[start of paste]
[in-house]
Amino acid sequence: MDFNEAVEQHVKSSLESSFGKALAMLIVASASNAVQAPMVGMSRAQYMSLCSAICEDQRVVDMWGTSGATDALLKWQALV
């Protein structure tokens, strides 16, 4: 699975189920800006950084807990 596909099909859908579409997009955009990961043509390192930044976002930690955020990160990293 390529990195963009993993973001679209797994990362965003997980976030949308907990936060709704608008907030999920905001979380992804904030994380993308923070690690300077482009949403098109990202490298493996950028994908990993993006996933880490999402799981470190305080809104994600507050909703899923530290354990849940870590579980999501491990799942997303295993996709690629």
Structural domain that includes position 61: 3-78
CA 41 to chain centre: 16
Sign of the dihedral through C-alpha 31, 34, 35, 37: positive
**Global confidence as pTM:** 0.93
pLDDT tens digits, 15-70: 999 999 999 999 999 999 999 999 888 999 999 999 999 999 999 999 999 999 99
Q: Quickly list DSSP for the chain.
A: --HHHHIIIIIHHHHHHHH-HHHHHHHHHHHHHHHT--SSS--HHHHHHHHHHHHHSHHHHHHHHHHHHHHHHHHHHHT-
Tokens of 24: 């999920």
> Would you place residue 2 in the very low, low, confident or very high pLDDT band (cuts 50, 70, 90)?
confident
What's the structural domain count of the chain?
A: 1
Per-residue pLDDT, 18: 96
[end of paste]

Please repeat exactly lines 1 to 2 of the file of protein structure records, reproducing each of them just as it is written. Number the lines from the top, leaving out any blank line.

[in-house]
Amino acid sequence: MDFNEAVEQHVKSSLESSFGKALAMLIVASASNAVQAPMVGMSRAQYMSLCSAICEDQRVVDMWGTSGATDALLKWQALV